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Delhi Chief Minister Arvind Kejriwal met Union Home Minister Amit Shah on Wednesday, his first stop for the courtesy calls on the central government leadership after sweeping Assembly elections.

The meeting went on for over 20 minutes at Shah’s residence at Krishna Menon Marg in New Delhi. The meeting was earlier scheduled at the Home Ministry.

“Met Hon’ble Home Minister Sh Amit Shah ji. Had a very good and fruitful meeting. Discussed several issues related to Delhi. Both of us agreed that we will work together for development of Delhi,” Kejriwal tweeted after the meeting.

Shah had led the BJP offensive against Kejriwal’s Aam Aadmi Party (AAP) in the Delhi Assembly polls. The AAP trounced the BJP in the elections, winning 62 of the 70 seats.

This was their first one-on-one meeting ever in a formal setting, an AAP leader said.

Arvind Kejriwal had sought an appointment to meet Home Minister Amit Shah right ahead of the Delhi elections to complain about what he called the deteriorating law and order situation in the national capital. That request wasn’t accepted by Shah’s office, given how it had been designed to take a jab.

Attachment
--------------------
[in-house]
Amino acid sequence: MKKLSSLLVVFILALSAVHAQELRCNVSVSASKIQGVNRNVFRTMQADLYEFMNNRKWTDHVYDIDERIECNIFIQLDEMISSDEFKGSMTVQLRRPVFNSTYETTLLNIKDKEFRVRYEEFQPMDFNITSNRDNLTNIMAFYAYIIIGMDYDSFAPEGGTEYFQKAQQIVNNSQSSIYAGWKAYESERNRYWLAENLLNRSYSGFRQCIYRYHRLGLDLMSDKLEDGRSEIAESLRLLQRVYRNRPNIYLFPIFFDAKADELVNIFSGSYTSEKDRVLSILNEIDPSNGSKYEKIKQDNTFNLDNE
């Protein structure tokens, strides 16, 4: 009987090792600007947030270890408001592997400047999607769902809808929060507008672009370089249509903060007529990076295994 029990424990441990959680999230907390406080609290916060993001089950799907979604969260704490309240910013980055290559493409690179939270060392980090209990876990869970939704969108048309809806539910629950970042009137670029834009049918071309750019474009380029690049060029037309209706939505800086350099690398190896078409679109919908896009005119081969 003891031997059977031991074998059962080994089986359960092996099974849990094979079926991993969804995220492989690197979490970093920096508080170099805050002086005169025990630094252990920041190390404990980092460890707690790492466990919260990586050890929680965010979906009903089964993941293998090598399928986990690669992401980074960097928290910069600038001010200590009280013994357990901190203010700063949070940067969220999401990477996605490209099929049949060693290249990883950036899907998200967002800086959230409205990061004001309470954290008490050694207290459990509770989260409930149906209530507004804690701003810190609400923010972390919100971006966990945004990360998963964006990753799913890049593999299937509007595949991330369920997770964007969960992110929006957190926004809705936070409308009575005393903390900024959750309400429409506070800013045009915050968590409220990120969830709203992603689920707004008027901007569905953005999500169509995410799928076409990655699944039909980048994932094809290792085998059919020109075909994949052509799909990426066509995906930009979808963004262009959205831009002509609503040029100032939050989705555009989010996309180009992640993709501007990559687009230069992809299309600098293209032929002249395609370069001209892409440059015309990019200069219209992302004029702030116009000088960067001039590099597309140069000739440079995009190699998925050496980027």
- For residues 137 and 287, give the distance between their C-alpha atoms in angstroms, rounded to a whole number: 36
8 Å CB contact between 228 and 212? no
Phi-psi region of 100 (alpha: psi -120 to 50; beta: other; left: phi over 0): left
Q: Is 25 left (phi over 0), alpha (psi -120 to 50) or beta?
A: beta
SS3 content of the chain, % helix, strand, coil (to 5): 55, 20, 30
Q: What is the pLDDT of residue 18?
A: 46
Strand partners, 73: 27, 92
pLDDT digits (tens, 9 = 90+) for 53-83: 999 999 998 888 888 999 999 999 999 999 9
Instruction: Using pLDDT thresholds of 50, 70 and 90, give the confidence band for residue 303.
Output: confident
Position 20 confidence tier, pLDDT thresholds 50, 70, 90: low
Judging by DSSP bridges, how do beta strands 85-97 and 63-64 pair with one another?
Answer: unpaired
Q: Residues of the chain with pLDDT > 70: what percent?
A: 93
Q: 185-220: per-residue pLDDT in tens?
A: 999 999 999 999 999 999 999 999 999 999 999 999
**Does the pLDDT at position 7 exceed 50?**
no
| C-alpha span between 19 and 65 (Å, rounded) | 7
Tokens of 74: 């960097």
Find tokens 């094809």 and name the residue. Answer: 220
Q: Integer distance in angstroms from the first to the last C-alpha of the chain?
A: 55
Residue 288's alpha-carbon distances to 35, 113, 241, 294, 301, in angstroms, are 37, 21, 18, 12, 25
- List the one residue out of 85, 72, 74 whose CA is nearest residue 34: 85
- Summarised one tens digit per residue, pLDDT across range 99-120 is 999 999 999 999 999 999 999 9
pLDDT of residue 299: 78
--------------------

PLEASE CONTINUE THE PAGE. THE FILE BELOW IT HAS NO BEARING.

Shah later acknowledged that his assessment of the Delhi elections had gone wrong but underscored that the BJP had succeeded in expanding its ideology through the polls, a reference to the increase in the BJP’s vote share.

Wednesday’s face-to-face meeting was also the first time that Kejriwal and Amit Shah talked to each other rather than at each other. Arvind Kejriwal had been Shah’s preferred punching bag through the election campaign. Kejriwal was unsparing in his rebuttals as well, accusing Shah of abusing his control over the police for petty conspiracies.

Kejriwal’s courtesy call – he wasn’t able to meet Amit Shah when he moved to the Home Ministry after last year’s national elections – is seen as a concerted effort to work together with the central government for the national capital.

Shah, and the home ministry that he leads, play a crucial role in Delhi affairs that is, legally, a Union Territory with a state assembly and heavily dependent on the Centre’s support.